| || || |
| Calming an Upset Dog |
Answered by: Kerry Hackett
Question from: Loretta
Posted on: March 13, 2007
I would like to know what I could give my small 3 pound silky to help calm her down when she is put in her kennel? She is placed in her kennel at night and when I need to go out to run errands. She is 13 years old and she still has a problem with panting, shaking and scratching on the inside of the kennel. I don’t understand why she keeps doing it after several years of the kennel being used. I have tried Rescue Remedy as it was recommended to me by a pet store. That did not seem to work on her at all and then I asked a friend who used to work for a vet and she said try some herbs or chamomile tea. I’ve tried the tea and that too hasn’t seemed to do anything to help calm her down. I live in an apartment so I am very considerate of my neighbors. I need to find something to relax her especially at night and make the scratching stop. Since she is getting older I can’t leave her running around the apartment so that is why I had to get a kennel for her to be put in. Please advise me on what I could try that would work better than what I have.
Please see the postings on this website (www.richters.com) entitiled, "Calming Dogs", "Dog Anxiety" and "Old Dog and Anxiety". You don’t say but I’m assuming your dog has always been anxious when faced with a stay in her crate. There can be many reasons for this. A few thoughts: as your dog is now 13 and you have only used a crate for the last few years, I assume she has had years of being able to roam the house at will. Think of how that must feel from her point of view. Dogs are highly territorial animals so she may believe that your home also belongs to her; not only as her property, but hers to defend as well. In addition, she cannot be with you (also her property), when you are out of the house or in bed. Humans occupy an odd place in a dog’s life. On one hand, you belong to them and they want to protect their possessions/family. On the other, you are the "alpha" dog in the house who provides food and doles out punishment. I suspect your dog cannot understand why you are not letting her do her job and why in her eyes she is being punished. Shaking, scratching and panting are clues to the fact that she is in panic mode and possibly seeing her status in the crate as abandonment. Humans may view this behaviour as irritating whereas your dog may see it as a life and death situation.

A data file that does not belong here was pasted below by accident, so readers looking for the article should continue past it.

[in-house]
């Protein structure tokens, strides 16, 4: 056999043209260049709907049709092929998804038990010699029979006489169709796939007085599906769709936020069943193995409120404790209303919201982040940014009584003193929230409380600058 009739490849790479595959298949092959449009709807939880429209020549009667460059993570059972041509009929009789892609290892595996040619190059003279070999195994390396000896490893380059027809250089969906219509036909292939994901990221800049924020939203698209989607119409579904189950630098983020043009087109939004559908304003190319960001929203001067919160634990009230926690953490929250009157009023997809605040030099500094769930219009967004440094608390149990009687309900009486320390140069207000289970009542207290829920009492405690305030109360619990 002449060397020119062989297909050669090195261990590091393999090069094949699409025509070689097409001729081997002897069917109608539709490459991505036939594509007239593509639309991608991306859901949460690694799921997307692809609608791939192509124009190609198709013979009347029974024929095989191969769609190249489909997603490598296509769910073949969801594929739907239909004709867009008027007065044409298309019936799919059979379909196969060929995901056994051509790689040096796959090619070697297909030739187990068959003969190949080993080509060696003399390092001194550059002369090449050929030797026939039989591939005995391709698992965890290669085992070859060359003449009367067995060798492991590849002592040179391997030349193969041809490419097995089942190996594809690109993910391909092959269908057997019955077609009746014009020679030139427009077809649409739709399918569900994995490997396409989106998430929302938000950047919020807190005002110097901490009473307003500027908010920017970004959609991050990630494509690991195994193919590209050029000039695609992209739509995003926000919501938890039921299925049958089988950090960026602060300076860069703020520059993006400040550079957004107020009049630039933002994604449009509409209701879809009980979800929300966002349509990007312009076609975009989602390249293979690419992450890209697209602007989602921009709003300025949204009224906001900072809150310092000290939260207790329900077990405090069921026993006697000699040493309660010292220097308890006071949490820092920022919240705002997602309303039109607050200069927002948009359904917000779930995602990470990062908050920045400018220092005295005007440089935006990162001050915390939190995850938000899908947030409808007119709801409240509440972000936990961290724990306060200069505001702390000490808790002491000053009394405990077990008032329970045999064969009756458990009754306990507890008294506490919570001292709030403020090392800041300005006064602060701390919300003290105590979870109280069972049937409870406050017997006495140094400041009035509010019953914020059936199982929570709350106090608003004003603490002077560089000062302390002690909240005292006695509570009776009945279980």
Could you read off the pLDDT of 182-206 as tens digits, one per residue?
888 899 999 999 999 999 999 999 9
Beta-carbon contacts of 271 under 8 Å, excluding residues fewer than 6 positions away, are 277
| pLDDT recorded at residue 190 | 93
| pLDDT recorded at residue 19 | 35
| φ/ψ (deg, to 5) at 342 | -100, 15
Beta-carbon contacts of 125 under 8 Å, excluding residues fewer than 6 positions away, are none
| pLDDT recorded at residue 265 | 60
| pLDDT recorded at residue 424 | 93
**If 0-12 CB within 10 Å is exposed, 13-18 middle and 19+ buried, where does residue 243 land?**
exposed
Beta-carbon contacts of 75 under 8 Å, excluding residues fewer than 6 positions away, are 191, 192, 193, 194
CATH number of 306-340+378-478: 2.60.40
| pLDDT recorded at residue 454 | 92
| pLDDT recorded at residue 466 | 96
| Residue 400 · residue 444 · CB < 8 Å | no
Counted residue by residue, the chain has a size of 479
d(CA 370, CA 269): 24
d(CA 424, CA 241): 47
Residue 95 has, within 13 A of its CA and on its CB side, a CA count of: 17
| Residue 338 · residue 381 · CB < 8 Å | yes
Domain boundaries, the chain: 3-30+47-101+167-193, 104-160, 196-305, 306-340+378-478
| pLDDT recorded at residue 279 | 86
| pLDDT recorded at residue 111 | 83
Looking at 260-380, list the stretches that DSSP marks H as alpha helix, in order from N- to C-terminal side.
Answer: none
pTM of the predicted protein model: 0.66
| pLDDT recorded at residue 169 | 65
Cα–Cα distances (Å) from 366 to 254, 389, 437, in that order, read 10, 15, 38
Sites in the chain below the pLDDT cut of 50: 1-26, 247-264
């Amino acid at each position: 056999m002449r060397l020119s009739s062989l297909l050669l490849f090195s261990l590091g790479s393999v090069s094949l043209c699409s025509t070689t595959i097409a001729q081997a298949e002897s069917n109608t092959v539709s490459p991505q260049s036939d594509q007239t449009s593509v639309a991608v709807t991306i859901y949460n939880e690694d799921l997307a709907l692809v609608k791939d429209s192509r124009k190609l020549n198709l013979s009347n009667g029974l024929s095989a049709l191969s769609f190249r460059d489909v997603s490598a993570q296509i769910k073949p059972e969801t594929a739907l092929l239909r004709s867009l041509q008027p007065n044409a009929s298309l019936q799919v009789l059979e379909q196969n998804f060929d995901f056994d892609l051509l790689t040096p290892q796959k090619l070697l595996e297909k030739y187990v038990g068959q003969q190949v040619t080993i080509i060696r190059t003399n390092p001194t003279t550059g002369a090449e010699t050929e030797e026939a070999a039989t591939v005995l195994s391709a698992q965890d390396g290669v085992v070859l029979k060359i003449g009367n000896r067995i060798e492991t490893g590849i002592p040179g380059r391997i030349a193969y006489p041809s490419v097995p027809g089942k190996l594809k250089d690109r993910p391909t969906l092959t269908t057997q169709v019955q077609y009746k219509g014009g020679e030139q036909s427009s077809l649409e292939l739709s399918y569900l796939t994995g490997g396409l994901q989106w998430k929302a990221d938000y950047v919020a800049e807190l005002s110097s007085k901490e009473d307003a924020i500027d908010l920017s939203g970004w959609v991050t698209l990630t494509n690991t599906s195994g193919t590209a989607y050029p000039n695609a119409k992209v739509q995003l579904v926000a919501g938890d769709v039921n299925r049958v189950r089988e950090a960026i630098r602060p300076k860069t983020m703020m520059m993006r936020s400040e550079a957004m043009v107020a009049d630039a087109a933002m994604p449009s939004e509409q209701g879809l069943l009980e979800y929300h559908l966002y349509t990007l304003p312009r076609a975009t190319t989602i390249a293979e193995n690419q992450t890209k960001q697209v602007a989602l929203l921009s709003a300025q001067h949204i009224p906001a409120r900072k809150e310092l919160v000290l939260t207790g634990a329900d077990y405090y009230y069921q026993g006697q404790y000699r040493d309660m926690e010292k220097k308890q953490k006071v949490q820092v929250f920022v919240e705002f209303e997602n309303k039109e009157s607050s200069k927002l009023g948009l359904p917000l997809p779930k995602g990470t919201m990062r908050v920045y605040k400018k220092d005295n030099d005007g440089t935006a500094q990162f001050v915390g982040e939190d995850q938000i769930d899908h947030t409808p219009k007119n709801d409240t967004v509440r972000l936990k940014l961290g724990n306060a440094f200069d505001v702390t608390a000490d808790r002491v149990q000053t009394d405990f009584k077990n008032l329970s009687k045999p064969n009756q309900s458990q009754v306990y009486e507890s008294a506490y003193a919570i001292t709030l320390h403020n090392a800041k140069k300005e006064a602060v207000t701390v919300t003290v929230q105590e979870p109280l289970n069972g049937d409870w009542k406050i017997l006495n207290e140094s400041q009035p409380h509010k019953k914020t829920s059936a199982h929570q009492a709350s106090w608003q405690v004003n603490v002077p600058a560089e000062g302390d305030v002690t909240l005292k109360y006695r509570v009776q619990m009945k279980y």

So, what to do? First, read the postings listed above. They will all mention a good, homemade diet. This should help strengthen her nervous system and help her be more resistant to stress. Next, spend time with her and reassure her that she is loved and wanted in your life. You may also want to examine your reasons for crating her. What are the consequences of letting her roam free at night? It may be that there are other factors at play that could be dealt with separately, rather than resorting to a crate. Flower essences may also be of help; a number of which are mentioned in the postings listed above.